ChatGPT is the newest trending tech advancement. It is a language model that uses AI and machine learning technology to produce human-like text based on the input it receives. It can give information, write code, make templates for emails, and even write poetry in multiple languages.
Many educators are concerned that their students will begin to use this technology to do their homework. Admissions officers are concerned that students might start writing their college applications with this tool. How effective would that be?
We tried it out! We took our goal to apply to Harvard and began asking it questions that would be typical of a student just beginning the process.
ChatGPT was able to answer some basic questions like ‘what is the average SAT score for getting into Harvard?’ and it knew what the deadlines for admissions are. It therefore is quite capable of giving a lot of basic information that students might need to know.
ChatGPT is not always known for having perfectly accurate information, but over time it will learn more and give more accurate information.
However, that information could be found on the Harvard website. A student who really wants to go to that school ought to spend a lot of time investigating the website; the value added here is merely a convenience.
We asked about other steps in applying to college. It gave surface-level advice for how to get a good letter of recommendation, when to start your essays, and a general overview of the application process.
The real question then is, can ChatGPT help you write your essays?
We tested that too!
We asked it to write a 150-word response to Harvard’s supplemental question about elaborating on an extracurricular activity.
It was first able to give a decent, if somewhat vague, first draft. You can ask ChatGPT to revise its responses according to new feedback, and by the fourth draft we had something much better that I would have considered an excellent student second draft.
The trouble is that it lacks the personal character of a student’s real experience. I can spend all day asking it to add more and more details, but it will never exactly reflect the student’s values and thoughts. When I asked, ChatGPT itself said, “An essay written by a language model, no matter how sophisticated, cannot match the depth of personal experience and individual writing style that is unique to you. It is always best to write your own essay, as this will help you stand out from other applicants and give the admissions committee a more accurate and complete picture of who you are as a person.“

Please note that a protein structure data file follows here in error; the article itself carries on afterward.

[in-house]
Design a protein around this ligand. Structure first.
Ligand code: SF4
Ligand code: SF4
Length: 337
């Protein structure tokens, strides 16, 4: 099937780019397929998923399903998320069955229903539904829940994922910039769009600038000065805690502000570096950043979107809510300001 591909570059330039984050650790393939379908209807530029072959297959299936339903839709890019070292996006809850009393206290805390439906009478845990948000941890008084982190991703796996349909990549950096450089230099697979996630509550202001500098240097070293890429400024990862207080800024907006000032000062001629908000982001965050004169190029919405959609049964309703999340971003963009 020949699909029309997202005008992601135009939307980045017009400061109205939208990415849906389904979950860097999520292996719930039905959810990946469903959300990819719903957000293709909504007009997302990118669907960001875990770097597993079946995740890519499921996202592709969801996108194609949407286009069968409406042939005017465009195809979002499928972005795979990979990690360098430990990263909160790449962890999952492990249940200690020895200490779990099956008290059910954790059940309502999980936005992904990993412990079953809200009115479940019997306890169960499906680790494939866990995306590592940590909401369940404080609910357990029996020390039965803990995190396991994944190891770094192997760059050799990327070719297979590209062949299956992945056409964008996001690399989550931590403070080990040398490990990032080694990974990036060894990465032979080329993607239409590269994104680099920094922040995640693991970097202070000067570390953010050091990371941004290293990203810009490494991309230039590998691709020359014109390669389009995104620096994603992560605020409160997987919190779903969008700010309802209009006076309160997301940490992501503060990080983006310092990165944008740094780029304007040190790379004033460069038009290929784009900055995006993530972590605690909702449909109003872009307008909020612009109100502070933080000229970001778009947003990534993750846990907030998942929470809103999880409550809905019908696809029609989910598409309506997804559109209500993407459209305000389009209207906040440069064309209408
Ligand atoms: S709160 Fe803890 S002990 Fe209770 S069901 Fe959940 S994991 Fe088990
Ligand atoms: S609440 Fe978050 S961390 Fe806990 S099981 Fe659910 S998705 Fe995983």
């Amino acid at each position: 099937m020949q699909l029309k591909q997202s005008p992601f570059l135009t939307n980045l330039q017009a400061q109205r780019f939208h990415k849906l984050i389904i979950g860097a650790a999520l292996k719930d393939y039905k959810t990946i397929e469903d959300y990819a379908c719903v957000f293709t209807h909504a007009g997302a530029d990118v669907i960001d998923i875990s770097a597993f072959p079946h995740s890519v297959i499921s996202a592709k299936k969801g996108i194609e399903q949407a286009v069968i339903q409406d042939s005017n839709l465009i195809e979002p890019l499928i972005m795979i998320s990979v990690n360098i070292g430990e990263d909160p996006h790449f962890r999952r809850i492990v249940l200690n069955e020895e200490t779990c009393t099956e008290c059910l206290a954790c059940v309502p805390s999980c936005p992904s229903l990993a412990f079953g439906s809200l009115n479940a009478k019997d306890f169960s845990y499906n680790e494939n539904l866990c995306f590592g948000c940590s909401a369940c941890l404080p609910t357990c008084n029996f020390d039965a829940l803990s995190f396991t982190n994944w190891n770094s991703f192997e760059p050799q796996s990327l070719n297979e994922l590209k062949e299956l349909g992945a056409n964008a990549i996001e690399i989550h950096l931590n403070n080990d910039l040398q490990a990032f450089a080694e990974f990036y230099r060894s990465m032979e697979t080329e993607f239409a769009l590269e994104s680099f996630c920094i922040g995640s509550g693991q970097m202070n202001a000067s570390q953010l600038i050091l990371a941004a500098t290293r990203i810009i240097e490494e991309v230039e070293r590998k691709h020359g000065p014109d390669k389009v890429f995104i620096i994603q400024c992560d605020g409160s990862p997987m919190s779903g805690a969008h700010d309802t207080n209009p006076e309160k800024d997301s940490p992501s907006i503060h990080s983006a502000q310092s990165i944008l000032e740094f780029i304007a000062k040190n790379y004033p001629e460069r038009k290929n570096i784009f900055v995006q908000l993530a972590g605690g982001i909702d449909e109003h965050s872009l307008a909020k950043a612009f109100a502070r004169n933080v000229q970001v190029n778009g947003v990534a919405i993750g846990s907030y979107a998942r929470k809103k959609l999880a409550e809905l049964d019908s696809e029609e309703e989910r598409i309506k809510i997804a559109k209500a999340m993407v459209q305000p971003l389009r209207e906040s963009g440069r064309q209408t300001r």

At the moment, ChatGPT is a more sophisticated search engine, not a writer. It is building essays out of building blocks it finds online. Additionally, Academia is already developing software to track whether or not ChatGPT is being used by students to cheat.
Even so, ChatGPT is continuously improving, so it may be quite tempting for students to use this instead of spending months writing and rewriting their essays.
So what are advisors doing that this robot can’t do? Does this mean the end of college advising?
It depends on what you wanted from your advisor to begin with. If all along what you really wanted was a robot that took in your student’s resume and churned out a generic Harvard application, then after a few years, ChatGPT might be the robot of your dreams.
However, if you wanted an experienced professional to connect with your child, to help them understand their own strengths and weaknesses, to teach them how to critically think, research, and make decisions based on their passions and career goals, to gain the skills they need to be able to succeed in university and in the career field, if you wanted an advisor, then you need much more than what ChatGPT can give you.
ChatGPT is limited in this way. It cannot have a consistent, interactive dialogue that builds trust and understanding between it and the student. It cannot help a student build confidence because it cannot know who the student is. It can give generic advice, but it cannot tailor it to a student’s needs. It cannot monitor that student’s mental health. It cannot evaluate where a student needs help or needs work. It cannot for example tell a student if their interviewing skills need work. It cannot really measure a student’s skills or character.
Top schools like Harvard are really looking for students who are unique and capable of demonstrating their skills and passions. ChatGPT is not capable of either doing that on behalf of a student or guiding them on how to do that themselves. College advising is much more than just writing essays or selecting courses. It is about the process of self-discovery that builds in students the skills to be successful in life. ChatGPT cannot provide the personalization that builds growth in students. In other words, ChatGPT won’t be replacing advisors anytime soon, and it won’t be getting anyone into Harvard.